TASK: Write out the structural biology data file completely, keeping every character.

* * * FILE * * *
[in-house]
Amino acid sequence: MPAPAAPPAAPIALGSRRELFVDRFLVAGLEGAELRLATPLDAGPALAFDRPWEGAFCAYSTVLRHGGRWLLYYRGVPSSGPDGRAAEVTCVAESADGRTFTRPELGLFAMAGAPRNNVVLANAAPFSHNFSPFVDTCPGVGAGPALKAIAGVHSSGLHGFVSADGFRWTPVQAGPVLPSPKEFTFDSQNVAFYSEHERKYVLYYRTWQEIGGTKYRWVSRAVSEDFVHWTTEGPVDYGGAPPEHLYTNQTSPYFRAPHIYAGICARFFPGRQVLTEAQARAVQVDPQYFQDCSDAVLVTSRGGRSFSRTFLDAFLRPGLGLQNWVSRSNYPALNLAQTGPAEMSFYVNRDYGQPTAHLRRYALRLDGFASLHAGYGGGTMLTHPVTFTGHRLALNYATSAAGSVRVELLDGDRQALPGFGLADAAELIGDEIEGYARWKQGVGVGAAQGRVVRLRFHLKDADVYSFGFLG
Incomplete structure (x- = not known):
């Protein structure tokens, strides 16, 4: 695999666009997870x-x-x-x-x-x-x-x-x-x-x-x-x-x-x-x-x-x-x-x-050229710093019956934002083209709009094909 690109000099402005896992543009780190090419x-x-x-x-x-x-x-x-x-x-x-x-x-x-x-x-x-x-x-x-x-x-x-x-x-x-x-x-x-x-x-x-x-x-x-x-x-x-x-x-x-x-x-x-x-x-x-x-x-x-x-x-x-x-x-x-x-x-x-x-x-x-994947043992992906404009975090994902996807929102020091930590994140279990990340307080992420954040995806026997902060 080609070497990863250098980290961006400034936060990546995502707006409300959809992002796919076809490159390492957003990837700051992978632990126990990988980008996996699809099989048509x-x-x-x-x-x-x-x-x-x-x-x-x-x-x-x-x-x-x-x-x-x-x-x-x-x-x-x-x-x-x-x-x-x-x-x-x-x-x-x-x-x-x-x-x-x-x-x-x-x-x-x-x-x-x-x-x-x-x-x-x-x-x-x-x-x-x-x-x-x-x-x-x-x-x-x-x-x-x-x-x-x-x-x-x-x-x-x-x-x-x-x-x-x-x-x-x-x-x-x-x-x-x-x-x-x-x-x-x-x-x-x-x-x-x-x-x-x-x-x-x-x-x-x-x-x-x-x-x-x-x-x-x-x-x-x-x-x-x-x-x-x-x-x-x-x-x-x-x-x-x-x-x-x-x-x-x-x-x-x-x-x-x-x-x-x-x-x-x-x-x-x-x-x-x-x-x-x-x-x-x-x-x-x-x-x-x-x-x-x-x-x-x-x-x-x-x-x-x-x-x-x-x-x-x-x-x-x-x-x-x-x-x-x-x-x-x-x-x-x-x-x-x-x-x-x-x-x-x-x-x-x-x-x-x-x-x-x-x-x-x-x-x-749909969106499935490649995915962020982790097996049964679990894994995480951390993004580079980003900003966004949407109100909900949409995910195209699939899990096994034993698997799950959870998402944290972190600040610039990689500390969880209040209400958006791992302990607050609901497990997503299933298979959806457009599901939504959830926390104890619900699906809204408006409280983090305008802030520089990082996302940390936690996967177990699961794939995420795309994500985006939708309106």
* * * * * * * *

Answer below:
[in-house]
Amino acid sequence: MPAPAAPPAAPIALGSRRELFVDRFLVAGLEGAELRLATPLDAGPALAFDRPWEGAFCAYSTVLRHGGRWLLYYRGVPSSGPDGRAAEVTCVAESADGRTFTRPELGLFAMAGAPRNNVVLANAAPFSHNFSPFVDTCPGVGAGPALKAIAGVHSSGLHGFVSADGFRWTPVQAGPVLPSPKEFTFDSQNVAFYSEHERKYVLYYRTWQEIGGTKYRWVSRAVSEDFVHWTTEGPVDYGGAPPEHLYTNQTSPYFRAPHIYAGICARFFPGRQVLTEAQARAVQVDPQYFQDCSDAVLVTSRGGRSFSRTFLDAFLRPGLGLQNWVSRSNYPALNLAQTGPAEMSFYVNRDYGQPTAHLRRYALRLDGFASLHAGYGGGTMLTHPVTFTGHRLALNYATSAAGSVRVELLDGDRQALPGFGLADAAELIGDEIEGYARWKQGVGVGAAQGRVVRLRFHLKDADVYSFGFLG
Incomplete structure (x- = not known):
């Protein structure tokens, strides 16, 4: 695999666009997870x-x-x-x-x-x-x-x-x-x-x-x-x-x-x-x-x-x-x-x-050229710093019956934002083209709009094909 690109000099402005896992543009780190090419x-x-x-x-x-x-x-x-x-x-x-x-x-x-x-x-x-x-x-x-x-x-x-x-x-x-x-x-x-x-x-x-x-x-x-x-x-x-x-x-x-x-x-x-x-x-x-x-x-x-x-x-x-x-x-x-x-x-x-x-x-x-994947043992992906404009975090994902996807929102020091930590994140279990990340307080992420954040995806026997902060 080609070497990863250098980290961006400034936060990546995502707006409300959809992002796919076809490159390492957003990837700051992978632990126990990988980008996996699809099989048509x-x-x-x-x-x-x-x-x-x-x-x-x-x-x-x-x-x-x-x-x-x-x-x-x-x-x-x-x-x-x-x-x-x-x-x-x-x-x-x-x-x-x-x-x-x-x-x-x-x-x-x-x-x-x-x-x-x-x-x-x-x-x-x-x-x-x-x-x-x-x-x-x-x-x-x-x-x-x-x-x-x-x-x-x-x-x-x-x-x-x-x-x-x-x-x-x-x-x-x-x-x-x-x-x-x-x-x-x-x-x-x-x-x-x-x-x-x-x-x-x-x-x-x-x-x-x-x-x-x-x-x-x-x-x-x-x-x-x-x-x-x-x-x-x-x-x-x-x-x-x-x-x-x-x-x-x-x-x-x-x-x-x-x-x-x-x-x-x-x-x-x-x-x-x-x-x-x-x-x-x-x-x-x-x-x-x-x-x-x-x-x-x-x-x-x-x-x-x-x-x-x-x-x-x-x-x-x-x-x-x-x-x-x-x-x-x-x-x-x-x-x-x-x-x-x-x-x-x-x-x-x-x-x-x-x-x-x-x-x-x-x-x-749909969106499935490649995915962020982790097996049964679990894994995480951390993004580079980003900003966004949407109100909900949409995910195209699939899990096994034993698997799950959870998402944290972190600040610039990689500390969880209040209400958006791992302990607050609901497990997503299933298979959806457009599901939504959830926390104890619900699906809204408006409280983090305008802030520089990082996302940390936690996967177990699961794939995420795309994500985006939708309106």